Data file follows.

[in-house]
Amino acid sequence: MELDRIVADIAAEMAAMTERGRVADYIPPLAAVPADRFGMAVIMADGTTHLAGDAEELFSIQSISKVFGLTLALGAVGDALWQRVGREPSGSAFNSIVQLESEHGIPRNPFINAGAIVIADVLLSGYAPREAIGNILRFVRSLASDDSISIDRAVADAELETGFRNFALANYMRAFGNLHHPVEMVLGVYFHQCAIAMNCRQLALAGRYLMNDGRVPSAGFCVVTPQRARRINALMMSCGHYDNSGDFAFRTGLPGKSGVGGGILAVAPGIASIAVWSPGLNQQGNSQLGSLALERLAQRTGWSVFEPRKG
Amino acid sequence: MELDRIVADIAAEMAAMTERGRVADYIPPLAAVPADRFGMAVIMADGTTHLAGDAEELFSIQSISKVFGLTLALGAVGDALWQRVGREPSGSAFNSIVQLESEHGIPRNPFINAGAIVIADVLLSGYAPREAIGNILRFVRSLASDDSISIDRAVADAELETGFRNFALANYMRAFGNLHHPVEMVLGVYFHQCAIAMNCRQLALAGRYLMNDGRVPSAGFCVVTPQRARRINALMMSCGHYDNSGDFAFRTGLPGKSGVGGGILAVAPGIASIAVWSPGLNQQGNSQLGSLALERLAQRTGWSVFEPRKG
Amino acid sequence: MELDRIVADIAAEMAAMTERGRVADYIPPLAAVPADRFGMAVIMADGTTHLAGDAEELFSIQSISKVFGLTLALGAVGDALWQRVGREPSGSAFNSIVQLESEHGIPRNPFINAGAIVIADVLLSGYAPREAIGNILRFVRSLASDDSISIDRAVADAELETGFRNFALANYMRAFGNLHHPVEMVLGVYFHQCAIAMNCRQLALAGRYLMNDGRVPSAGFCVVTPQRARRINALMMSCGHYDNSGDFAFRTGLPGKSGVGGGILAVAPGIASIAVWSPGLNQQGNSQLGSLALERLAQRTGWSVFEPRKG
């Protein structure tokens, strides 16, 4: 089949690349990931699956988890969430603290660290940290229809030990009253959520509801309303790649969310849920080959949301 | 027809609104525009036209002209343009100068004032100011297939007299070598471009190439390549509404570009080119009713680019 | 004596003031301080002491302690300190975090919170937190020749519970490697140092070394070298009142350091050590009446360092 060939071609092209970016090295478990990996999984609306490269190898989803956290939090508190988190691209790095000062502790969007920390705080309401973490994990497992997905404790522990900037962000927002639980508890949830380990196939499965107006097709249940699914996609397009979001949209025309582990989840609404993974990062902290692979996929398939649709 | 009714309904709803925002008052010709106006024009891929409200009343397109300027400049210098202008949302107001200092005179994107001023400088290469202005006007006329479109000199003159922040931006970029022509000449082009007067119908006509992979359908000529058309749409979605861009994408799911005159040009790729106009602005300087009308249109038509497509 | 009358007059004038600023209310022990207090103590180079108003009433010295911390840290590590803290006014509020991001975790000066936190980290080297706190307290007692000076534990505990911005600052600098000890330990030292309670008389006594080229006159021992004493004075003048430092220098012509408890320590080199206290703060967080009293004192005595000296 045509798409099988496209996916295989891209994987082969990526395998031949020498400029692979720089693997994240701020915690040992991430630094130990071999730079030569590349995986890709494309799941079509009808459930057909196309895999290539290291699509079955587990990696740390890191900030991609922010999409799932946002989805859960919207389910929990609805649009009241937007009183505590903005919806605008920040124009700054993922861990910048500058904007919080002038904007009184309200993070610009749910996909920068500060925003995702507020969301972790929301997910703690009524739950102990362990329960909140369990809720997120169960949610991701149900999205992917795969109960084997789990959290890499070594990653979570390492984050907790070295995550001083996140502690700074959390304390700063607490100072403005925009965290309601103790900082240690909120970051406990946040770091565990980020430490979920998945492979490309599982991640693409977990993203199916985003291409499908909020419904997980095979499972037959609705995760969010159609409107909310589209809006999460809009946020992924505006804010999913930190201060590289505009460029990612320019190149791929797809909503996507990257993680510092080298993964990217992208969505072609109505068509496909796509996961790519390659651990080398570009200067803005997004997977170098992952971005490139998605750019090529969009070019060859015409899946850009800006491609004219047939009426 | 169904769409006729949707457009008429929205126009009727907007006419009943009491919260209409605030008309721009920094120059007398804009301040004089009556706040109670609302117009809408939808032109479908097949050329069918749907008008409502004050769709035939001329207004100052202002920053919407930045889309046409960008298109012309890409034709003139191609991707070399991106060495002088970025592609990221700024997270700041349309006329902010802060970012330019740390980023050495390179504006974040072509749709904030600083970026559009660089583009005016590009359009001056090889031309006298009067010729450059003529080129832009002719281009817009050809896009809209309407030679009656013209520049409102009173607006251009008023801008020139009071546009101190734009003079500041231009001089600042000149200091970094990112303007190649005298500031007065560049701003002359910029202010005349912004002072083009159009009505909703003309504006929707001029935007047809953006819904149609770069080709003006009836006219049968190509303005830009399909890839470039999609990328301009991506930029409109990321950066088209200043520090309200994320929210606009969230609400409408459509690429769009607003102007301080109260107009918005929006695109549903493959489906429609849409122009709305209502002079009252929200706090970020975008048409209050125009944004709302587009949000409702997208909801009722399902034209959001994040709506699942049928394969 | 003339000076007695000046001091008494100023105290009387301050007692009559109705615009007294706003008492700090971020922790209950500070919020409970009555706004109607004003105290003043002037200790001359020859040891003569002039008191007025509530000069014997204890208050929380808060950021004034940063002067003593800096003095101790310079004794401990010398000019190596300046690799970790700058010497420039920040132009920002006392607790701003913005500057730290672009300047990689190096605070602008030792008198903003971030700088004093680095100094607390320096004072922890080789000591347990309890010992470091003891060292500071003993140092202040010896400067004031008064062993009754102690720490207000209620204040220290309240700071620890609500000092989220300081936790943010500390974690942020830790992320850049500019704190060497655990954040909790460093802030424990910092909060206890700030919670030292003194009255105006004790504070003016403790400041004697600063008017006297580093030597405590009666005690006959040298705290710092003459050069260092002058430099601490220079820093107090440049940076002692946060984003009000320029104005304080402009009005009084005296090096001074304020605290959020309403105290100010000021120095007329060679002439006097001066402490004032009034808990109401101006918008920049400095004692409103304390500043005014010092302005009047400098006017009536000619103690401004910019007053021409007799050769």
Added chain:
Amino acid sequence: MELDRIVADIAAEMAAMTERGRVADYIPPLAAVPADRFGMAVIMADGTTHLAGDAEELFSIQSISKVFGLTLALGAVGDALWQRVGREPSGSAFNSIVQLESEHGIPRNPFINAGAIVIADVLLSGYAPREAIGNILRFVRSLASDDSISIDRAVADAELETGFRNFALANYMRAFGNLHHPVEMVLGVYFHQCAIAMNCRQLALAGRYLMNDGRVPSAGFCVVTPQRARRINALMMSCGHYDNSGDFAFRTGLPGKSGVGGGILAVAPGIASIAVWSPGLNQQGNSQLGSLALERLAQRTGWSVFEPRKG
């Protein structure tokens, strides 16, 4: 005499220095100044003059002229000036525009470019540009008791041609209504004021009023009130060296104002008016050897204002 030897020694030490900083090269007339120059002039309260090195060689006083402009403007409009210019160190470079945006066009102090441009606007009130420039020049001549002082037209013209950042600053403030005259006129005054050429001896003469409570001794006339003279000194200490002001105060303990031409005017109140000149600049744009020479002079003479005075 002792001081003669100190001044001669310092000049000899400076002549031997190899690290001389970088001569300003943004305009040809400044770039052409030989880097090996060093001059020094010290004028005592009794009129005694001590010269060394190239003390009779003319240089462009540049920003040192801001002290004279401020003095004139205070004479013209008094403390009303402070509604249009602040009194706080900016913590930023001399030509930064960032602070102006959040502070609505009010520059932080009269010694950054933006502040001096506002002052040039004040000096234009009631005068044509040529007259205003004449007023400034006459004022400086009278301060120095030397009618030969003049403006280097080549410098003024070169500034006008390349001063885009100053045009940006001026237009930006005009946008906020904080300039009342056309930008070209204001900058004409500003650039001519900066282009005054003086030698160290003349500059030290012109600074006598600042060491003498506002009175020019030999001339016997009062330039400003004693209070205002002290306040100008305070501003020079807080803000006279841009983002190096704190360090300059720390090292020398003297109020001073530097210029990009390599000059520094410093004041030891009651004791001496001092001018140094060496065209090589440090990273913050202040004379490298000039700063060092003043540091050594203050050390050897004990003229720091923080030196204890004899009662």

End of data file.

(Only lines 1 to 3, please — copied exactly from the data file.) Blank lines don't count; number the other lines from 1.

[in-house]
Amino acid sequence: MELDRIVADIAAEMAAMTERGRVADYIPPLAAVPADRFGMAVIMADGTTHLAGDAEELFSIQSISKVFGLTLALGAVGDALWQRVGREPSGSAFNSIVQLESEHGIPRNPFINAGAIVIADVLLSGYAPREAIGNILRFVRSLASDDSISIDRAVADAELETGFRNFALANYMRAFGNLHHPVEMVLGVYFHQCAIAMNCRQLALAGRYLMNDGRVPSAGFCVVTPQRARRINALMMSCGHYDNSGDFAFRTGLPGKSGVGGGILAVAPGIASIAVWSPGLNQQGNSQLGSLALERLAQRTGWSVFEPRKG
Amino acid sequence: MELDRIVADIAAEMAAMTERGRVADYIPPLAAVPADRFGMAVIMADGTTHLAGDAEELFSIQSISKVFGLTLALGAVGDALWQRVGREPSGSAFNSIVQLESEHGIPRNPFINAGAIVIADVLLSGYAPREAIGNILRFVRSLASDDSISIDRAVADAELETGFRNFALANYMRAFGNLHHPVEMVLGVYFHQCAIAMNCRQLALAGRYLMNDGRVPSAGFCVVTPQRARRINALMMSCGHYDNSGDFAFRTGLPGKSGVGGGILAVAPGIASIAVWSPGLNQQGNSQLGSLALERLAQRTGWSVFEPRKG